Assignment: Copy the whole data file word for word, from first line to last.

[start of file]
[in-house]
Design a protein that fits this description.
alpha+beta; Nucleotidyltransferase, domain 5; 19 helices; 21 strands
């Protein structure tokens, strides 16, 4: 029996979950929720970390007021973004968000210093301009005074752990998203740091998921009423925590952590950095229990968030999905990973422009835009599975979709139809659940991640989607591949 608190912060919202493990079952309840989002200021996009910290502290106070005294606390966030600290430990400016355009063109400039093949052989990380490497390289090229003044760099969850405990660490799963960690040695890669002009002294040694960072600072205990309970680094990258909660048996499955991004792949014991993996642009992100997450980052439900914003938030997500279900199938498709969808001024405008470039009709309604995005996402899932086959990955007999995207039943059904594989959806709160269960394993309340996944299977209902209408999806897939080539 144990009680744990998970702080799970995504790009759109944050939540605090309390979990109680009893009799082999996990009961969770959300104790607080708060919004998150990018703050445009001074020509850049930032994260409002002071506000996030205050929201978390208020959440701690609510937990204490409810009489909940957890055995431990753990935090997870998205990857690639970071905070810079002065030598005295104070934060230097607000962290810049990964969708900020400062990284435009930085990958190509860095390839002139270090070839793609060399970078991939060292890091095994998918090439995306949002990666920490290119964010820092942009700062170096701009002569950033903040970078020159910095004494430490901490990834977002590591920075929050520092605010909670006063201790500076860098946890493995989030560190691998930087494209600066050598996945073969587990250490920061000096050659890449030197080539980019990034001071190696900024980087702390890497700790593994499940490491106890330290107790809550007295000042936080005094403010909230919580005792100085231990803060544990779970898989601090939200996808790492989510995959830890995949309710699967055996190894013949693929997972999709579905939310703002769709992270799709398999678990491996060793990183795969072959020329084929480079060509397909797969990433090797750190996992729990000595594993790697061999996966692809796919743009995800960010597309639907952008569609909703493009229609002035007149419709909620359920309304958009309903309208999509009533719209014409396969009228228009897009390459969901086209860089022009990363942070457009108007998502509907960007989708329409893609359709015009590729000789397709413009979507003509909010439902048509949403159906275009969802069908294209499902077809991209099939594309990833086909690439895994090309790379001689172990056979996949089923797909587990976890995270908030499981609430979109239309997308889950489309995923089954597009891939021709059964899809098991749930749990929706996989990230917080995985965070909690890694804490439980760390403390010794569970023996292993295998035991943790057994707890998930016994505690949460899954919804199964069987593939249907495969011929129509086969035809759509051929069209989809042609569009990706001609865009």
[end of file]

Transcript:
[in-house]
Design a protein that fits this description.
alpha+beta; Nucleotidyltransferase, domain 5; 19 helices; 21 strands
């Protein structure tokens, strides 16, 4: 029996979950929720970390007021973004968000210093301009005074752990998203740091998921009423925590952590950095229990968030999905990973422009835009599975979709139809659940991640989607591949 608190912060919202493990079952309840989002200021996009910290502290106070005294606390966030600290430990400016355009063109400039093949052989990380490497390289090229003044760099969850405990660490799963960690040695890669002009002294040694960072600072205990309970680094990258909660048996499955991004792949014991993996642009992100997450980052439900914003938030997500279900199938498709969808001024405008470039009709309604995005996402899932086959990955007999995207039943059904594989959806709160269960394993309340996944299977209902209408999806897939080539 144990009680744990998970702080799970995504790009759109944050939540605090309390979990109680009893009799082999996990009961969770959300104790607080708060919004998150990018703050445009001074020509850049930032994260409002002071506000996030205050929201978390208020959440701690609510937990204490409810009489909940957890055995431990753990935090997870998205990857690639970071905070810079002065030598005295104070934060230097607000962290810049990964969708900020400062990284435009930085990958190509860095390839002139270090070839793609060399970078991939060292890091095994998918090439995306949002990666920490290119964010820092942009700062170096701009002569950033903040970078020159910095004494430490901490990834977002590591920075929050520092605010909670006063201790500076860098946890493995989030560190691998930087494209600066050598996945073969587990250490920061000096050659890449030197080539980019990034001071190696900024980087702390890497700790593994499940490491106890330290107790809550007295000042936080005094403010909230919580005792100085231990803060544990779970898989601090939200996808790492989510995959830890995949309710699967055996190894013949693929997972999709579905939310703002769709992270799709398999678990491996060793990183795969072959020329084929480079060509397909797969990433090797750190996992729990000595594993790697061999996966692809796919743009995800960010597309639907952008569609909703493009229609002035007149419709909620359920309304958009309903309208999509009533719209014409396969009228228009897009390459969901086209860089022009990363942070457009108007998502509907960007989708329409893609359709015009590729000789397709413009979507003509909010439902048509949403159906275009969802069908294209499902077809991209099939594309990833086909690439895994090309790379001689172990056979996949089923797909587990976890995270908030499981609430979109239309997308889950489309995923089954597009891939021709059964899809098991749930749990929706996989990230917080995985965070909690890694804490439980760390403390010794569970023996292993295998035991943790057994707890998930016994505690949460899954919804199964069987593939249907495969011929129509086969035809759509051929069209989809042609569009990706001609865009």